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How Do You Deal With Your Stress, Anxiety Or Depression?

Updated: Oct 21, 2020

If you are currently struggling with anxiety, depression or stress than read on.

So many areas of your life are likely to have been affected in the past few months but only you will truly know what's hitting you the hardest.

It may be the loss of support from friends and family due to government enforced isolation.

Perhaps it's financial pressure through uncertainty about your job.

It could be the pressure of having children at home for 6 months and being responsible for their home schooling.

You may have lost somebody and were unable to grieve or say goodbye properly.

It could be any or all of these things plus many more besides. But the simple fact is that these times are taking a massive toll on people, both physically and mentally. This generation are already experiencing record levels of anxiety, depression and stress and the past few months have been horrendous.

Some people are going to be dealing with the effects of all this for months or even years after it has all died down and many will be doing this alone, purposely hiding it from those they are close to.

So, how do you deal with it?

How do you cope?

How can you be sure you will get through all this and be ok afterwards?

Suffering in silence is never the answer. Suppressing strong emotions never helps. Denying there is a problem and crossing your fingers, hoping things improve soon, is rarely a good strategy.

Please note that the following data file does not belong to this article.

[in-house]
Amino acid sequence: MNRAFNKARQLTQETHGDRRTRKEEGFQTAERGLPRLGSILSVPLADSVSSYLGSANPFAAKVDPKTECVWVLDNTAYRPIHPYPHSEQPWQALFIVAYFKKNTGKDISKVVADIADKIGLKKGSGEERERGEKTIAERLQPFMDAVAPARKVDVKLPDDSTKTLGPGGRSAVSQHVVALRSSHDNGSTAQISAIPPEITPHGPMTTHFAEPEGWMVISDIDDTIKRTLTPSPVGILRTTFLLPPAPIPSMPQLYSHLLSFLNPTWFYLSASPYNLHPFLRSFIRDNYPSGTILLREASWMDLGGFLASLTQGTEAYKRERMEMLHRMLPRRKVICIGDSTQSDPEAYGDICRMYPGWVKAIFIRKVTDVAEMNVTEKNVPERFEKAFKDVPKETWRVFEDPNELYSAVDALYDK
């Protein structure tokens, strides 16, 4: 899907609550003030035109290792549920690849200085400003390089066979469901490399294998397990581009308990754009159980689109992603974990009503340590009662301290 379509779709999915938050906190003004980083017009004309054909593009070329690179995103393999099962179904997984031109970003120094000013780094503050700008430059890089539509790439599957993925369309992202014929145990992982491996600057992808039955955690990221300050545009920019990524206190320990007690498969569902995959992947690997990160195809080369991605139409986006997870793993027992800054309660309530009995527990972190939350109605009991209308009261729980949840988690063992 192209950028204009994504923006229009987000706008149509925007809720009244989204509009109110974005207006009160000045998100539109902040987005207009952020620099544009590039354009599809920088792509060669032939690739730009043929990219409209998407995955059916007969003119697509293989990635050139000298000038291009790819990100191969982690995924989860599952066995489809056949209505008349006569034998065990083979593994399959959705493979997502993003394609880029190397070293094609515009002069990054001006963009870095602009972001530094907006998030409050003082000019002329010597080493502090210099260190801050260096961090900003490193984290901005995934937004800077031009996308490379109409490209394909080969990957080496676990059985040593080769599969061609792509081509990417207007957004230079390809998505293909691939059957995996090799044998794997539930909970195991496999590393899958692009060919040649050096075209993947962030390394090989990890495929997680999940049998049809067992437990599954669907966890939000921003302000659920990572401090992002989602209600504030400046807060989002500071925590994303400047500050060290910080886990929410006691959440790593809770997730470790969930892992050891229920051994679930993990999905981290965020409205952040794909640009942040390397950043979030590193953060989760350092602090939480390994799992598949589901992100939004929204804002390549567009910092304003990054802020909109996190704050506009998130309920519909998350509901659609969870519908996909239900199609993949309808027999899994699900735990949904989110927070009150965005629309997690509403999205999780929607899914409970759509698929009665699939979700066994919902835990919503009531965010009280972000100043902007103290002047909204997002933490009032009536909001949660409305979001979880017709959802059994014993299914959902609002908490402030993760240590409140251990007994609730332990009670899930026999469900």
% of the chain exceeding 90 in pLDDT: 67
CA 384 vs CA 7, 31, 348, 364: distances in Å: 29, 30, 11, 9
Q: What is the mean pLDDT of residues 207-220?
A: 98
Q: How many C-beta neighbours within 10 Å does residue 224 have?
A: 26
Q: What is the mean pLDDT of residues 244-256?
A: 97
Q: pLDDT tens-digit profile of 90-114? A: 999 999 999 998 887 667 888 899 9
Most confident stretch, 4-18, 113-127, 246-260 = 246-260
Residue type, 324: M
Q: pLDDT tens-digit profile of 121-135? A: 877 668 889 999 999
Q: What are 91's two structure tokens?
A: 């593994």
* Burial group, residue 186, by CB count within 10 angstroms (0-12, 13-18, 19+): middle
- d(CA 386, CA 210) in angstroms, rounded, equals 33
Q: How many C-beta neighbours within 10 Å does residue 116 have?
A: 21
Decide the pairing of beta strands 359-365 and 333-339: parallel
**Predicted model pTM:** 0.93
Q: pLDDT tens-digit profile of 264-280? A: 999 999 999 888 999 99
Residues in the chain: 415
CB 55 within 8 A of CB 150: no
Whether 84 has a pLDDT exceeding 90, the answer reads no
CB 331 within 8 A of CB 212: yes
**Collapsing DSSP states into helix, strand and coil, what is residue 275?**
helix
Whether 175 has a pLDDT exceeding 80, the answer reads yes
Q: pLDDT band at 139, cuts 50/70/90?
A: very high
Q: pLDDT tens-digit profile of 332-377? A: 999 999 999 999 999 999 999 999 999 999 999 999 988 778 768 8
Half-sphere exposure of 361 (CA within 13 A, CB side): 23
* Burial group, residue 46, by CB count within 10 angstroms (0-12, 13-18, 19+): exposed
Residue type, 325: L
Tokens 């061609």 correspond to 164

So, what's the answer? How do you deal with your terrible anxiety, depression or stress?

First thing is to acknowledge you have a problem. "You can't fix anything if you don't think it's broken."

A great first step is to share your situation with somebody. Just talking about how you feel. You may be fortunate to have someone to confide in and, if so, try not to be scared to use them. If they think a lot of you they would hate to find out that you feel the way you do and said nothing.

But so many people don't have that person they can turn to. Some people feel embarrassed and don't want to admit they are struggling, especially if they feel people around them have it worse. It doesn't matter what is going on for other people - If you are struggling then you are struggling and that is all there is to it.

As an experienced counsellor (read more about me here) I know, first hand, about the benefits of counselling for things such as anxiety, depression and stress, as well as grief, loss and bereavement. I have witnessed with my own eyes the positive effect it can have on a person when they begin to share their problems and feel like they are doing something that will help. That realisation that somebody else knows what you are going through can stop you feeling quite so alone and helpless. The idea that someone else wants to know about your struggles can be very comforting. A place for you to unload and examine how life is affecting you right now is a powerful place to be.

There is always a reason why you are feeling and acting the way that you do and counselling can help you find those reasons, which will put you in a great position to make the changes you need.

If you have been considering counselling but are uncertain about whether it's for you, you can get a free 30 minute consultation. We can do this on the phone and it will be a chance for you to ask any questions you have and voice any concerns. I can also explain a little more about the counselling process and how I believe you could benefit from it.

The situation you find yourself in is temporary. So let's make it as short as possible.

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